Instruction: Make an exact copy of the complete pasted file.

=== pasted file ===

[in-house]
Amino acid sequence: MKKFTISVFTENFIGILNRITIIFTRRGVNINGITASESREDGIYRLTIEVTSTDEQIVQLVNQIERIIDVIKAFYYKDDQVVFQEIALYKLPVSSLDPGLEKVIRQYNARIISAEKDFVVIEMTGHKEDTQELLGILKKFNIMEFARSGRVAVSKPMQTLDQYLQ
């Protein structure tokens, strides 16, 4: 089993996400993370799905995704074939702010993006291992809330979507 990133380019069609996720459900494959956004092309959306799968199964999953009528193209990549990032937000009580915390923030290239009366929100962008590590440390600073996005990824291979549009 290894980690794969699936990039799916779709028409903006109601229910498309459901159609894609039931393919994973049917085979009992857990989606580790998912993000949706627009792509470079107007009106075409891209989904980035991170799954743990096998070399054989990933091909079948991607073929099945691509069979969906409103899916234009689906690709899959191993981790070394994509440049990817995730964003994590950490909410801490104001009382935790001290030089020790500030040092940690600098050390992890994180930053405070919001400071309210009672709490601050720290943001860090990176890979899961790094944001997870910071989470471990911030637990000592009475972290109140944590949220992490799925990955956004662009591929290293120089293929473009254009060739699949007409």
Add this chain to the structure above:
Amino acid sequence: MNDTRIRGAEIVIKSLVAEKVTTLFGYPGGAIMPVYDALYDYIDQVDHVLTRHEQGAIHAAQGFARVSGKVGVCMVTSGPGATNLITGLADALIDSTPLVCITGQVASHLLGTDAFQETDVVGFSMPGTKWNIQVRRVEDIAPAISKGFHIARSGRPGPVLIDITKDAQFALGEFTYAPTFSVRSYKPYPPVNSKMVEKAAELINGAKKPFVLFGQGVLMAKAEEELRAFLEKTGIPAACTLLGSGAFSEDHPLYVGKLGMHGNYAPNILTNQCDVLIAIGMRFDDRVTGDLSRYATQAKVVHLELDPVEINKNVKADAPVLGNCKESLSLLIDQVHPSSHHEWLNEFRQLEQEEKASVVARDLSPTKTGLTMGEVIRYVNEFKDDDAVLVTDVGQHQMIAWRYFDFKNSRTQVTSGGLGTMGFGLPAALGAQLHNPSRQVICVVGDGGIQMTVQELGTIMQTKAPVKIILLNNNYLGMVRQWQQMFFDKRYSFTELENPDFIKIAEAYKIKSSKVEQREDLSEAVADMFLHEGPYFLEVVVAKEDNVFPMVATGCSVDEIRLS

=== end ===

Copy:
[in-house]
Amino acid sequence: MKKFTISVFTENFIGILNRITIIFTRRGVNINGITASESREDGIYRLTIEVTSTDEQIVQLVNQIERIIDVIKAFYYKDDQVVFQEIALYKLPVSSLDPGLEKVIRQYNARIISAEKDFVVIEMTGHKEDTQELLGILKKFNIMEFARSGRVAVSKPMQTLDQYLQ
């Protein structure tokens, strides 16, 4: 089993996400993370799905995704074939702010993006291992809330979507 990133380019069609996720459900494959956004092309959306799968199964999953009528193209990549990032937000009580915390923030290239009366929100962008590590440390600073996005990824291979549009 290894980690794969699936990039799916779709028409903006109601229910498309459901159609894609039931393919994973049917085979009992857990989606580790998912993000949706627009792509470079107007009106075409891209989904980035991170799954743990096998070399054989990933091909079948991607073929099945691509069979969906409103899916234009689906690709899959191993981790070394994509440049990817995730964003994590950490909410801490104001009382935790001290030089020790500030040092940690600098050390992890994180930053405070919001400071309210009672709490601050720290943001860090990176890979899961790094944001997870910071989470471990911030637990000592009475972290109140944590949220992490799925990955956004662009591929290293120089293929473009254009060739699949007409």
Add this chain to the structure above:
Amino acid sequence: MNDTRIRGAEIVIKSLVAEKVTTLFGYPGGAIMPVYDALYDYIDQVDHVLTRHEQGAIHAAQGFARVSGKVGVCMVTSGPGATNLITGLADALIDSTPLVCITGQVASHLLGTDAFQETDVVGFSMPGTKWNIQVRRVEDIAPAISKGFHIARSGRPGPVLIDITKDAQFALGEFTYAPTFSVRSYKPYPPVNSKMVEKAAELINGAKKPFVLFGQGVLMAKAEEELRAFLEKTGIPAACTLLGSGAFSEDHPLYVGKLGMHGNYAPNILTNQCDVLIAIGMRFDDRVTGDLSRYATQAKVVHLELDPVEINKNVKADAPVLGNCKESLSLLIDQVHPSSHHEWLNEFRQLEQEEKASVVARDLSPTKTGLTMGEVIRYVNEFKDDDAVLVTDVGQHQMIAWRYFDFKNSRTQVTSGGLGTMGFGLPAALGAQLHNPSRQVICVVGDGGIQMTVQELGTIMQTKAPVKIILLNNNYLGMVRQWQQMFFDKRYSFTELENPDFIKIAEAYKIKSSKVEQREDLSEAVADMFLHEGPYFLEVVVAKEDNVFPMVATGCSVDEIRLS